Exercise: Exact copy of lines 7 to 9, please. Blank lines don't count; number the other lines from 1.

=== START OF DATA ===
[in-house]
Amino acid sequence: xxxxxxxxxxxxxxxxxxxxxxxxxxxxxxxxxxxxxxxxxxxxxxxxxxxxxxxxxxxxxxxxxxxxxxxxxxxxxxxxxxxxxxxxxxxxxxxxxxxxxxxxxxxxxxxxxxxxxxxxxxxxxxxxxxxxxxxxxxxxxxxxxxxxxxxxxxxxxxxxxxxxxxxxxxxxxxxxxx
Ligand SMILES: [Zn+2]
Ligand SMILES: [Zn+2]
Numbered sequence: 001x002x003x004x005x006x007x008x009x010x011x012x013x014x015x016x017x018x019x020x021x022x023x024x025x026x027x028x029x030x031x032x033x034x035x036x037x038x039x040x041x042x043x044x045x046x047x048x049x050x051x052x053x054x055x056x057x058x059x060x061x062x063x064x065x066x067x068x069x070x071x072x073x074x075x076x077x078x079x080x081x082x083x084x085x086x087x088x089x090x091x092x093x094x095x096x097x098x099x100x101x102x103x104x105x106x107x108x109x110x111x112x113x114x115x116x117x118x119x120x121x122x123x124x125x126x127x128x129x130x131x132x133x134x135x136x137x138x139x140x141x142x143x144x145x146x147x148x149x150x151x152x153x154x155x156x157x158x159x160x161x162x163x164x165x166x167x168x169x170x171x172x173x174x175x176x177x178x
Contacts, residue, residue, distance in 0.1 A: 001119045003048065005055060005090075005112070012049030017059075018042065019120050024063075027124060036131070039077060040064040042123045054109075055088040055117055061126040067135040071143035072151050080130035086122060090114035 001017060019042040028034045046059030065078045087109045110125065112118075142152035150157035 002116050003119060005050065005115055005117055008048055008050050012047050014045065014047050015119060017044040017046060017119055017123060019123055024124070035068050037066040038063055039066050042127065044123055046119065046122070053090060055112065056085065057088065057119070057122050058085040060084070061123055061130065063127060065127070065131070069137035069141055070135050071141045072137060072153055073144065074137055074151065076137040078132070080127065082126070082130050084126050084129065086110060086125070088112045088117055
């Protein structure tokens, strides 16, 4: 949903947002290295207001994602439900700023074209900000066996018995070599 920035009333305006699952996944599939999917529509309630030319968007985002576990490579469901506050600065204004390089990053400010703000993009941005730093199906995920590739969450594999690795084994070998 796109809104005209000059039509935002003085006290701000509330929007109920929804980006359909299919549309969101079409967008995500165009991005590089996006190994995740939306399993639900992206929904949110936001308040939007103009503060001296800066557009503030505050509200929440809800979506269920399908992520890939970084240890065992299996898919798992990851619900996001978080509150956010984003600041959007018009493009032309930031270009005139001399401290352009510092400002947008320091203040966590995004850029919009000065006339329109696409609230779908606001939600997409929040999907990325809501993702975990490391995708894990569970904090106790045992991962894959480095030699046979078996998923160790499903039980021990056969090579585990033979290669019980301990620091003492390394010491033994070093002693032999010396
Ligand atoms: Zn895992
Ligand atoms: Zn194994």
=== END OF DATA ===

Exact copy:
């Protein structure tokens, strides 16, 4: 949903947002290295207001994602439900700023074209900000066996018995070599 920035009333305006699952996944599939999917529509309630030319968007985002576990490579469901506050600065204004390089990053400010703000993009941005730093199906995920590739969450594999690795084994070998 796109809104005209000059039509935002003085006290701000509330929007109920929804980006359909299919549309969101079409967008995500165009991005590089996006190994995740939306399993639900992206929904949110936001308040939007103009503060001296800066557009503030505050509200929440809800979506269920399908992520890939970084240890065992299996898919798992990851619900996001978080509150956010984003600041959007018009493009032309930031270009005139001399401290352009510092400002947008320091203040966590995004850029919009000065006339329109696409609230779908606001939600997409929040999907990325809501993702975990490391995708894990569970904090106790045992991962894959480095030699046979078996998923160790499903039980021990056969090579585990033979290669019980301990620091003492390394010491033994070093002693032999010396
Ligand atoms: Zn895992
Ligand atoms: Zn194994």